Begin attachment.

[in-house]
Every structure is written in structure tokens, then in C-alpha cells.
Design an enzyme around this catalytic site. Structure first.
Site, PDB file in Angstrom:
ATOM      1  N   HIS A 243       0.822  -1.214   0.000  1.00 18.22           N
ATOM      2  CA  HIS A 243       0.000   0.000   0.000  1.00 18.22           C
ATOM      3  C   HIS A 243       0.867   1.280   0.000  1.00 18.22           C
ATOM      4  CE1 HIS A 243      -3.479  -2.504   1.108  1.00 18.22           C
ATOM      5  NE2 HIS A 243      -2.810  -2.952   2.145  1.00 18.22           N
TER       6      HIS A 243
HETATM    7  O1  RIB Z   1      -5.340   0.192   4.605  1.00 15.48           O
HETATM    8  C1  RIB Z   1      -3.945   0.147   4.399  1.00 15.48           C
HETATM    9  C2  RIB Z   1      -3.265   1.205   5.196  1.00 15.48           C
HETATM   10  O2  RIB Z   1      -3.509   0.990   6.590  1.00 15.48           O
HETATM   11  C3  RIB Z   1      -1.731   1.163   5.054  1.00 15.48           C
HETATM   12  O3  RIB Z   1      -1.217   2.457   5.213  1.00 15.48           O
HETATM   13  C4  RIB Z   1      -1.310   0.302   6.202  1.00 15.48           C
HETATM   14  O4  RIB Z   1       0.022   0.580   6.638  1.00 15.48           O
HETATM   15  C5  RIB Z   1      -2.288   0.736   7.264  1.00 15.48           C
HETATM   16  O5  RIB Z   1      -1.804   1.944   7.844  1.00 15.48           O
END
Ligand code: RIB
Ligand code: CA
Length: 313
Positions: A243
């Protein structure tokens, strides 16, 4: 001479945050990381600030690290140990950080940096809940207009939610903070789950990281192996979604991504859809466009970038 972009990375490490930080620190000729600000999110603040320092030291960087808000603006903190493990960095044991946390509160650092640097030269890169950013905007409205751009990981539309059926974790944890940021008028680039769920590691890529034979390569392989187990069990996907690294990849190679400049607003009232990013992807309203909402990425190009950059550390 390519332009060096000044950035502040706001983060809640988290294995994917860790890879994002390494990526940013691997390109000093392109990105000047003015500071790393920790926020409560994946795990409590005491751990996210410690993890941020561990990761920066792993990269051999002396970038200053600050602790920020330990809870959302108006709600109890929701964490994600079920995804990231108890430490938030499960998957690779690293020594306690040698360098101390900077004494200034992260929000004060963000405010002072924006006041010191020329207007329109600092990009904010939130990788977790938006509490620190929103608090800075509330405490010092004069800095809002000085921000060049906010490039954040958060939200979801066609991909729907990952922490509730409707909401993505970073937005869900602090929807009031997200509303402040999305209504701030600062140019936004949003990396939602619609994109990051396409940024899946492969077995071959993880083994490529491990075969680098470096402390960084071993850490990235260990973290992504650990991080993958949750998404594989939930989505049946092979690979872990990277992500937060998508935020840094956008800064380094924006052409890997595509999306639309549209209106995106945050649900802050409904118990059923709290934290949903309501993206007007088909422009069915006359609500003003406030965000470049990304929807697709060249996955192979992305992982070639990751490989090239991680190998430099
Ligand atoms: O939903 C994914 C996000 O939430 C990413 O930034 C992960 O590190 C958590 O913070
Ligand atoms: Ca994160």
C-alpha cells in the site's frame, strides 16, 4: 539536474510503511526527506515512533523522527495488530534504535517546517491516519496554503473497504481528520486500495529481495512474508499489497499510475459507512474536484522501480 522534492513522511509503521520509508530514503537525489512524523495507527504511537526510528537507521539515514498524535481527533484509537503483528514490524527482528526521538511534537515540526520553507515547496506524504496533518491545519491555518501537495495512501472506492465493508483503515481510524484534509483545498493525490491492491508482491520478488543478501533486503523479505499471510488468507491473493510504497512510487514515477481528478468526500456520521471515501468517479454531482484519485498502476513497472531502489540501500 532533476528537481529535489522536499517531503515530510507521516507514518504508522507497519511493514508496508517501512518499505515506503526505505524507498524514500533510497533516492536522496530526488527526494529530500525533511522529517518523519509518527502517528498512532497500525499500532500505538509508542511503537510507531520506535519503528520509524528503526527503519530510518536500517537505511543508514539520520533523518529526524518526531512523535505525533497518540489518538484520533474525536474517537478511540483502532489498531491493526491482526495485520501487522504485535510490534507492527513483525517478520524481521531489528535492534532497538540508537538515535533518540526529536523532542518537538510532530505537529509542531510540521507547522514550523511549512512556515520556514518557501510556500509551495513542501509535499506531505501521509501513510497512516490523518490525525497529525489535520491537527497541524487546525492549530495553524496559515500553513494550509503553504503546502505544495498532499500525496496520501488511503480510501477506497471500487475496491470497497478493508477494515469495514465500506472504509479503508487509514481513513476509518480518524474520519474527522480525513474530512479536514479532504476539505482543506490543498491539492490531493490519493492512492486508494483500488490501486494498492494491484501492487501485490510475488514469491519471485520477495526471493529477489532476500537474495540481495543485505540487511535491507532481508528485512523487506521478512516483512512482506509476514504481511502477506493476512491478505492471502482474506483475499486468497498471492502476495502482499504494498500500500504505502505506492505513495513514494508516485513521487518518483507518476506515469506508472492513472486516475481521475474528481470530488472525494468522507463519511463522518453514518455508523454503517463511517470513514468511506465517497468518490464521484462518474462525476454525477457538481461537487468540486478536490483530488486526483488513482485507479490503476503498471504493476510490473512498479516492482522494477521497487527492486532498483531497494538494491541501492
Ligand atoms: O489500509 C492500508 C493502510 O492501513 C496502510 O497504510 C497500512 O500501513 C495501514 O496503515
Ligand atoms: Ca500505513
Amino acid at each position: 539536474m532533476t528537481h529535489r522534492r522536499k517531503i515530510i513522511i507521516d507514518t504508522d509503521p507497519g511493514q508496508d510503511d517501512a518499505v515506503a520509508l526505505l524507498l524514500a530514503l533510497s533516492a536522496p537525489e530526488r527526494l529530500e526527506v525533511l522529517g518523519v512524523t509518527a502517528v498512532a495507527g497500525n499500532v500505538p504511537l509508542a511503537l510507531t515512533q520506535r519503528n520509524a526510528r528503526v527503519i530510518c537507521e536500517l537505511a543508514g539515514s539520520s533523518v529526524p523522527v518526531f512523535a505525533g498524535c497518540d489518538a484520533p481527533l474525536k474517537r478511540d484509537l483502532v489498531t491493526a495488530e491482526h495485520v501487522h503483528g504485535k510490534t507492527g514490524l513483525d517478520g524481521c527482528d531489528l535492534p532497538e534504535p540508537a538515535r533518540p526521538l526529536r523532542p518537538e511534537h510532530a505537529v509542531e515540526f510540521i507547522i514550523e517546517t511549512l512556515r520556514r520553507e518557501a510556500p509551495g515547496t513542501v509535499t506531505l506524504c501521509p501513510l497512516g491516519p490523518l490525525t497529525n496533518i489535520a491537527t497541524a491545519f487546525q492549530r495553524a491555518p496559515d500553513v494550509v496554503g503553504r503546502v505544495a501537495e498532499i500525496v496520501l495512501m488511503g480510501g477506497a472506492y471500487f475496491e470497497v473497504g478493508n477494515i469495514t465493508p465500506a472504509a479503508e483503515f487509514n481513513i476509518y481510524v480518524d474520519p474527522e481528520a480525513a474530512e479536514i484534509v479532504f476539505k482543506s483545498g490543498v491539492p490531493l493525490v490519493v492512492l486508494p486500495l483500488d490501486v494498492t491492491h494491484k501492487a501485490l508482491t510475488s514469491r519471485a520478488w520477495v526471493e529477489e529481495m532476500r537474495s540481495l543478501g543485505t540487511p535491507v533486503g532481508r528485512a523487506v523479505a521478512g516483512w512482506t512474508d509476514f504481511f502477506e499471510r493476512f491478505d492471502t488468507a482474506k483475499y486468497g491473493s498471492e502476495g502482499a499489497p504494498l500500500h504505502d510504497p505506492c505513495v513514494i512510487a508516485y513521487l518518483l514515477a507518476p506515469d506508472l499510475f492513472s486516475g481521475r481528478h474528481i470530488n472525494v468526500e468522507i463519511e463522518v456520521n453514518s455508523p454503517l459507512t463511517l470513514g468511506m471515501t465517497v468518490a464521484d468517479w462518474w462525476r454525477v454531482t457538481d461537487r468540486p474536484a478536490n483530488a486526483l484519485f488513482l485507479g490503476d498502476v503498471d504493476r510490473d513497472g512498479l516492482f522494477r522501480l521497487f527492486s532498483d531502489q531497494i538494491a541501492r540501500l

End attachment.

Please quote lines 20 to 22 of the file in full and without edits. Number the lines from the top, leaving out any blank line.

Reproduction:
HETATM   16  O5  RIB Z   1      -1.804   1.944   7.844  1.00 15.48           O
END
Ligand code: RIB